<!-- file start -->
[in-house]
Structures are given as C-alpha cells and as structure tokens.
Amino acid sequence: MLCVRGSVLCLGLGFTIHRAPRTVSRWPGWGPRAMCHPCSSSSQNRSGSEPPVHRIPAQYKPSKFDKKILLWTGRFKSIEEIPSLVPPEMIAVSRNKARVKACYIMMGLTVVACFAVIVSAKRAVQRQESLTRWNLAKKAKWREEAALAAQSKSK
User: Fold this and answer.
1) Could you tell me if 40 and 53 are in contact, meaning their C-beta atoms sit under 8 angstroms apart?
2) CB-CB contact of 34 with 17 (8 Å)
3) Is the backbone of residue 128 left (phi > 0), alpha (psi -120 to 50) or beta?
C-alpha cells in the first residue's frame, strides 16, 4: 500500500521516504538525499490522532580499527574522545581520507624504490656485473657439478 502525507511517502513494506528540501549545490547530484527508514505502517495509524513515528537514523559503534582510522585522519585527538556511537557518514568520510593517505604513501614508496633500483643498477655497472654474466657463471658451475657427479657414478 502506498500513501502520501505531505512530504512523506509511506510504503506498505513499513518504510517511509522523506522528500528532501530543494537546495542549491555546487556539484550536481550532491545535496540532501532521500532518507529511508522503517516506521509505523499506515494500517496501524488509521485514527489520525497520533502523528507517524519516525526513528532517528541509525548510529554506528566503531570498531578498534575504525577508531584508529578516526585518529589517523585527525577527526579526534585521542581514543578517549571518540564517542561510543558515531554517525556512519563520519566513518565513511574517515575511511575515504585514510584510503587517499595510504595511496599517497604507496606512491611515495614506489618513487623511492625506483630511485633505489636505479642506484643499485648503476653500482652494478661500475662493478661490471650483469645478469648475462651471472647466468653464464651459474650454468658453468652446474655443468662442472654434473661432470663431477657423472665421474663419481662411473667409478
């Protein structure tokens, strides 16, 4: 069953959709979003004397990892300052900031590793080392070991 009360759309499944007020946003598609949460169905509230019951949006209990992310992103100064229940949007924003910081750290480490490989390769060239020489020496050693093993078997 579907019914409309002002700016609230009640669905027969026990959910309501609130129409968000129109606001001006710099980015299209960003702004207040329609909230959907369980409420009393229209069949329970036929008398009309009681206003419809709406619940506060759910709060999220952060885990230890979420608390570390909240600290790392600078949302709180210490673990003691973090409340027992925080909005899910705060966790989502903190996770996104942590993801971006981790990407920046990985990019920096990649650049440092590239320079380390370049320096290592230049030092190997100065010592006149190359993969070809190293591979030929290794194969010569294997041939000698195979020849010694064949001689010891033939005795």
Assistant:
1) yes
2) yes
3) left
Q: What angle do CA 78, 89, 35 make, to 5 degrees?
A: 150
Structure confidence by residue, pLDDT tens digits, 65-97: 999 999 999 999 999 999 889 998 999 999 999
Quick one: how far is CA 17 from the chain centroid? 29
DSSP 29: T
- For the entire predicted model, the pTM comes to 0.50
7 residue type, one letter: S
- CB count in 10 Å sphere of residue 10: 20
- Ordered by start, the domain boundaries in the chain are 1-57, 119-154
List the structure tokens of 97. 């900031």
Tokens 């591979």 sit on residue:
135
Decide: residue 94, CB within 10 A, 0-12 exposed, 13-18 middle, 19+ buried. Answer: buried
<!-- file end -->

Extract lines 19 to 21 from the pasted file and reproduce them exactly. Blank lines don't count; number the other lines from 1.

- For the entire predicted model, the pTM comes to 0.50
7 residue type, one letter: S
- CB count in 10 Å sphere of residue 10: 20